HR 297 is a solitary star in the northern circumpolar constellation of Cassiopeia. It has an apparent visual magnitude of 5.8, making it faintly visible to the naked eye from dark suburban skies. Parallax measurements with the Hipparcos spacecraft put this system at a distance of roughly 263 light years.
This is an F-type main sequence star with a stellar classification of F7V. Because of the stability of this star, it is used as a standard in the photometric WBVR system. The angular diameter of this star has been measured directly using the CHARA Array, yielding an estimate of 4.5 times the diameter of the Sun. Stellar models suggest a mass equal to about twice that of the Sun, with 25 times the Sun's luminosity.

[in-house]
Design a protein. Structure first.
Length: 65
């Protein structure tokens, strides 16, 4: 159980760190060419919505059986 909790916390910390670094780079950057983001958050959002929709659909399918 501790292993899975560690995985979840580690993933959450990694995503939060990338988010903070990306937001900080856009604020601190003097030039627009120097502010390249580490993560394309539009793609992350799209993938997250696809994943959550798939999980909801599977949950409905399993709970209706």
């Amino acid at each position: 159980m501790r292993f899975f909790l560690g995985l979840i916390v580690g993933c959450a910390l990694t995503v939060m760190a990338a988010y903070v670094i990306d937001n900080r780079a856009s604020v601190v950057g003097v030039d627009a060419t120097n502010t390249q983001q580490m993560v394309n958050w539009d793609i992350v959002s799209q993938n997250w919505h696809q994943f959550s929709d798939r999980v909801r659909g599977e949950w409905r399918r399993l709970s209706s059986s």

This is a young star with an estimated age of 1.3 billion years. It is rotating rapidly, with a projected rotational velocity of 42 km/s. The abundance of elements other than hydrogen and helium is about the same as that in the Sun. The effective temperature of the stellar atmosphere is 6,089 K, giving it the yellow-white hued glow of an F-type star.
This star has been examined for the presence of an infrared excess, but no statistically significant amount was detected. The detection of such an excess can indicate the presence of a dusty circumstellar disk.